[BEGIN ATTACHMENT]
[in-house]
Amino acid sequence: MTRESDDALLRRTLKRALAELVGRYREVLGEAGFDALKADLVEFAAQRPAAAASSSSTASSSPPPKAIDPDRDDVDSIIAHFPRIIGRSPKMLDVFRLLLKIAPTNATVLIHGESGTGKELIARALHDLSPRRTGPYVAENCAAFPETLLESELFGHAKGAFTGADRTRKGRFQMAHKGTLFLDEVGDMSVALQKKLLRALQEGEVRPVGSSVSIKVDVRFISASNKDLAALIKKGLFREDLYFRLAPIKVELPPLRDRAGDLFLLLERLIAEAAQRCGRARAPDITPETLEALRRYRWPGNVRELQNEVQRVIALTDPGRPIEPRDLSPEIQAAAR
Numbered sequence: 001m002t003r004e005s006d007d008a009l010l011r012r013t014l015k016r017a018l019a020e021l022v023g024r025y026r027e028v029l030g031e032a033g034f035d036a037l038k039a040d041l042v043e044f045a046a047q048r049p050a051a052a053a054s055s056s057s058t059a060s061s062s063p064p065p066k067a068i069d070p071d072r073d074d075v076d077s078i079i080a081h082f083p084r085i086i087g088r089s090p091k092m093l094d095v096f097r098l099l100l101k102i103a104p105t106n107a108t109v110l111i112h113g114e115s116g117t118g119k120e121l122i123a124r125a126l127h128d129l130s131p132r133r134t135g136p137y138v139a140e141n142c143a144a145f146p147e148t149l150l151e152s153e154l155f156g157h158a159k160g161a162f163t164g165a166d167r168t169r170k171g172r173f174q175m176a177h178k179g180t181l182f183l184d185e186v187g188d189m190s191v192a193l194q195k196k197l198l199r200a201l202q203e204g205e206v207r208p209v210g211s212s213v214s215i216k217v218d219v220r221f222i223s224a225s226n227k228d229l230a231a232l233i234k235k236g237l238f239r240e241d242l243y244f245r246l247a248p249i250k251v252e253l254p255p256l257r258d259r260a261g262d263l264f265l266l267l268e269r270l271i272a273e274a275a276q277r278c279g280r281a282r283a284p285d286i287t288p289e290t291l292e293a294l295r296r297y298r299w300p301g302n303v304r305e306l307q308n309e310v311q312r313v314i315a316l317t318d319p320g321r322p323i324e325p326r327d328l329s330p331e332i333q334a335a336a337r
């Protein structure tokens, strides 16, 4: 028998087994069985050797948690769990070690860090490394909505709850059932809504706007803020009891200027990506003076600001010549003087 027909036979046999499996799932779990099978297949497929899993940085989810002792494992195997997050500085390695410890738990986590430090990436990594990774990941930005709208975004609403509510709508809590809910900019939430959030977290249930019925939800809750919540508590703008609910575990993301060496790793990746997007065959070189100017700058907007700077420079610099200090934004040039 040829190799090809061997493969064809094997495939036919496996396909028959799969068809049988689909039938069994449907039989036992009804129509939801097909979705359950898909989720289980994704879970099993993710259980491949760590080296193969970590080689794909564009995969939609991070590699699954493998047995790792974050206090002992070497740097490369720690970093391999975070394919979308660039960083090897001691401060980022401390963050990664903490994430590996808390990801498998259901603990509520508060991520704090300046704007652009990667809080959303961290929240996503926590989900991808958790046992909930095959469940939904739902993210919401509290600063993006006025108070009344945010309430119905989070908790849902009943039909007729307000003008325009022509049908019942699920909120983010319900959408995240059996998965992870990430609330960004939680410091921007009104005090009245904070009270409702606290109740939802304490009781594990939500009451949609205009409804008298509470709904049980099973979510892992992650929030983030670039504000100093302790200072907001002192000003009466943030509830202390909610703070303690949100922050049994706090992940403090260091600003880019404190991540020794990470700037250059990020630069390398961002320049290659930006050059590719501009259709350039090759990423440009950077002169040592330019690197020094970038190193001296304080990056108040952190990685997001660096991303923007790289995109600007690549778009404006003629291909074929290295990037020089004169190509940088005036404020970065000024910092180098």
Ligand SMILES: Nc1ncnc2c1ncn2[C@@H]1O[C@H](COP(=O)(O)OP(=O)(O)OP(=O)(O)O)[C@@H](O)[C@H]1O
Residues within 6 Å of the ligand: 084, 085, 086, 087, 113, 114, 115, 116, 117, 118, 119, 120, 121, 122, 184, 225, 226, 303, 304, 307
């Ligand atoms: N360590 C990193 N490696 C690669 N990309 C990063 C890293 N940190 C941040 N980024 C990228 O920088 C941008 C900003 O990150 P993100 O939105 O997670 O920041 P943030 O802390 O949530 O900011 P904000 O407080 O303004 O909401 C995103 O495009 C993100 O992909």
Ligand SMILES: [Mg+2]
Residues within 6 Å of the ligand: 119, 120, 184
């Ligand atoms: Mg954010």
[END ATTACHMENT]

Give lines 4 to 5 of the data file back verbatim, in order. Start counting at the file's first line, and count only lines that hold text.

């Protein structure tokens, strides 16, 4: 028998087994069985050797948690769990070690860090490394909505709850059932809504706007803020009891200027990506003076600001010549003087 027909036979046999499996799932779990099978297949497929899993940085989810002792494992195997997050500085390695410890738990986590430090990436990594990774990941930005709208975004609403509510709508809590809910900019939430959030977290249930019925939800809750919540508590703008609910575990993301060496790793990746997007065959070189100017700058907007700077420079610099200090934004040039 040829190799090809061997493969064809094997495939036919496996396909028959799969068809049988689909039938069994449907039989036992009804129509939801097909979705359950898909989720289980994704879970099993993710259980491949760590080296193969970590080689794909564009995969939609991070590699699954493998047995790792974050206090002992070497740097490369720690970093391999975070394919979308660039960083090897001691401060980022401390963050990664903490994430590996808390990801498998259901603990509520508060991520704090300046704007652009990667809080959303961290929240996503926590989900991808958790046992909930095959469940939904739902993210919401509290600063993006006025108070009344945010309430119905989070908790849902009943039909007729307000003008325009022509049908019942699920909120983010319900959408995240059996998965992870990430609330960004939680410091921007009104005090009245904070009270409702606290109740939802304490009781594990939500009451949609205009409804008298509470709904049980099973979510892992992650929030983030670039504000100093302790200072907001002192000003009466943030509830202390909610703070303690949100922050049994706090992940403090260091600003880019404190991540020794990470700037250059990020630069390398961002320049290659930006050059590719501009259709350039090759990423440009950077002169040592330019690197020094970038190193001296304080990056108040952190990685997001660096991303923007790289995109600007690549778009404006003629291909074929290295990037020089004169190509940088005036404020970065000024910092180098």
Ligand SMILES: Nc1ncnc2c1ncn2[C@@H]1O[C@H](COP(=O)(O)OP(=O)(O)OP(=O)(O)O)[C@@H](O)[C@H]1O